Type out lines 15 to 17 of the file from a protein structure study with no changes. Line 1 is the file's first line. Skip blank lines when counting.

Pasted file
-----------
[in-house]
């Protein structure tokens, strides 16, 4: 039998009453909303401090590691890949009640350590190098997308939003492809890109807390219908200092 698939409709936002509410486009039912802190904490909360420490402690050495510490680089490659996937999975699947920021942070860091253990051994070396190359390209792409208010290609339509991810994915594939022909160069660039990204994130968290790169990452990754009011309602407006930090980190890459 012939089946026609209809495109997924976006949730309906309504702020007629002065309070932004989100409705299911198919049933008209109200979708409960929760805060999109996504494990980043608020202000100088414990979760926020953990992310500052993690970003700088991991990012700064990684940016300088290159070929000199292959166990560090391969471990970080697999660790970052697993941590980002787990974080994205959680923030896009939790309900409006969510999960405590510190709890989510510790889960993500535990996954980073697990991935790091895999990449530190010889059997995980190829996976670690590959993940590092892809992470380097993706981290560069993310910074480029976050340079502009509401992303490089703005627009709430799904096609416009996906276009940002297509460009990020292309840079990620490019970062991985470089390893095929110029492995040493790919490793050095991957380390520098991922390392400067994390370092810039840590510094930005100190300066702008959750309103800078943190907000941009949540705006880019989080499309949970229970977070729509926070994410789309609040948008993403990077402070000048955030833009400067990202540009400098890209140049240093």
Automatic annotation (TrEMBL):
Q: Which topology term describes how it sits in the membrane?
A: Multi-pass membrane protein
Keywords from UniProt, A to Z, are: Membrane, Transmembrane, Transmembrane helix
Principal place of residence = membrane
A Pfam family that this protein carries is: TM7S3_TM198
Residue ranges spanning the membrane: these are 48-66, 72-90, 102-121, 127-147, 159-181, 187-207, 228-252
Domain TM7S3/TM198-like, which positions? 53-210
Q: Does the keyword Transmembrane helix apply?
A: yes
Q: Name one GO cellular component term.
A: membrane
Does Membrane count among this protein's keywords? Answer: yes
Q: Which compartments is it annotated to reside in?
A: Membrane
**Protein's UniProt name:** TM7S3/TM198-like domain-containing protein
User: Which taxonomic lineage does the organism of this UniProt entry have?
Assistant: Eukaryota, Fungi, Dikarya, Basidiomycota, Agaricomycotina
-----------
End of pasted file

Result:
Does Membrane count among this protein's keywords? Answer: yes
Q: Which compartments is it annotated to reside in?
A: Membrane